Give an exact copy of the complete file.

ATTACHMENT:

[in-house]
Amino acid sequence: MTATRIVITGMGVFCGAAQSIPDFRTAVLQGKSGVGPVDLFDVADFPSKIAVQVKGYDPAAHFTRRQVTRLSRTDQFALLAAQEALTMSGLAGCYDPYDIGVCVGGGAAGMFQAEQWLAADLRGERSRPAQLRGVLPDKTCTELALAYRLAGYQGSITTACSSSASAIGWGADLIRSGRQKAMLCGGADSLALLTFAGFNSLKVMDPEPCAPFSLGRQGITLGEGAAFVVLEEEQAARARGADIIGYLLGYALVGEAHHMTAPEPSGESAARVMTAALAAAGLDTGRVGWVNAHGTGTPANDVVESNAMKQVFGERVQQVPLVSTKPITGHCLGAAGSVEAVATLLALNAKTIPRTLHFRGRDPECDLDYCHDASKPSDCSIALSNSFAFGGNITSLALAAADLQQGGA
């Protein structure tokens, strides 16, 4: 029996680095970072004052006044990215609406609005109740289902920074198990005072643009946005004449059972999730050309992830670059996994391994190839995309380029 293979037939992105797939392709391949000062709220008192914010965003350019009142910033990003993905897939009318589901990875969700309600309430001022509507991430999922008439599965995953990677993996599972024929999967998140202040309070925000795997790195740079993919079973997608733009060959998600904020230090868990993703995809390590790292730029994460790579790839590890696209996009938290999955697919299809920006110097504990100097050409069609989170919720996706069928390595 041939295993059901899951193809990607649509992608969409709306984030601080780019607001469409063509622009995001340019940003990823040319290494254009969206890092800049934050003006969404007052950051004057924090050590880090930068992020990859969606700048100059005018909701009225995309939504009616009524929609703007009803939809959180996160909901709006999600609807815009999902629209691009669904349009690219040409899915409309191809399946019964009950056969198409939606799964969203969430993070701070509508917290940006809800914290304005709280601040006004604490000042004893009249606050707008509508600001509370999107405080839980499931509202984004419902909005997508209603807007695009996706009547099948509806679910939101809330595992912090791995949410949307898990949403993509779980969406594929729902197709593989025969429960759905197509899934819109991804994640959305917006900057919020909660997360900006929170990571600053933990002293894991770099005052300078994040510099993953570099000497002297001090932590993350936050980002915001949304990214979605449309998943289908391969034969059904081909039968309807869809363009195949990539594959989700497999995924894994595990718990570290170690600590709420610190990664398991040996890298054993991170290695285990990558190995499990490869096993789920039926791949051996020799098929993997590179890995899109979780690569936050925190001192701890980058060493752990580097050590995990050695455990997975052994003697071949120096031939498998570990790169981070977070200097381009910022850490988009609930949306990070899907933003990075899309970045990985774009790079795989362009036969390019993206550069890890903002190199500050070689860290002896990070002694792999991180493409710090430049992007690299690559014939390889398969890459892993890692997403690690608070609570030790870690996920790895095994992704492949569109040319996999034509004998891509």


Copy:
[in-house]
Amino acid sequence: MTATRIVITGMGVFCGAAQSIPDFRTAVLQGKSGVGPVDLFDVADFPSKIAVQVKGYDPAAHFTRRQVTRLSRTDQFALLAAQEALTMSGLAGCYDPYDIGVCVGGGAAGMFQAEQWLAADLRGERSRPAQLRGVLPDKTCTELALAYRLAGYQGSITTACSSSASAIGWGADLIRSGRQKAMLCGGADSLALLTFAGFNSLKVMDPEPCAPFSLGRQGITLGEGAAFVVLEEEQAARARGADIIGYLLGYALVGEAHHMTAPEPSGESAARVMTAALAAAGLDTGRVGWVNAHGTGTPANDVVESNAMKQVFGERVQQVPLVSTKPITGHCLGAAGSVEAVATLLALNAKTIPRTLHFRGRDPECDLDYCHDASKPSDCSIALSNSFAFGGNITSLALAAADLQQGGA
């Protein structure tokens, strides 16, 4: 029996680095970072004052006044990215609406609005109740289902920074198990005072643009946005004449059972999730050309992830670059996994391994190839995309380029 293979037939992105797939392709391949000062709220008192914010965003350019009142910033990003993905897939009318589901990875969700309600309430001022509507991430999922008439599965995953990677993996599972024929999967998140202040309070925000795997790195740079993919079973997608733009060959998600904020230090868990993703995809390590790292730029994460790579790839590890696209996009938290999955697919299809920006110097504990100097050409069609989170919720996706069928390595 041939295993059901899951193809990607649509992608969409709306984030601080780019607001469409063509622009995001340019940003990823040319290494254009969206890092800049934050003006969404007052950051004057924090050590880090930068992020990859969606700048100059005018909701009225995309939504009616009524929609703007009803939809959180996160909901709006999600609807815009999902629209691009669904349009690219040409899915409309191809399946019964009950056969198409939606799964969203969430993070701070509508917290940006809800914290304005709280601040006004604490000042004893009249606050707008509508600001509370999107405080839980499931509202984004419902909005997508209603807007695009996706009547099948509806679910939101809330595992912090791995949410949307898990949403993509779980969406594929729902197709593989025969429960759905197509899934819109991804994640959305917006900057919020909660997360900006929170990571600053933990002293894991770099005052300078994040510099993953570099000497002297001090932590993350936050980002915001949304990214979605449309998943289908391969034969059904081909039968309807869809363009195949990539594959989700497999995924894994595990718990570290170690600590709420610190990664398991040996890298054993991170290695285990990558190995499990490869096993789920039926791949051996020799098929993997590179890995899109979780690569936050925190001192701890980058060493752990580097050590995990050695455990997975052994003697071949120096031939498998570990790169981070977070200097381009910022850490988009609930949306990070899907933003990075899309970045990985774009790079795989362009036969390019993206550069890890903002190199500050070689860290002896990070002694792999991180493409710090430049992007690299690559014939390889398969890459892993890692997403690690608070609570030790870690996920790895095994992704492949569109040319996999034509004998891509």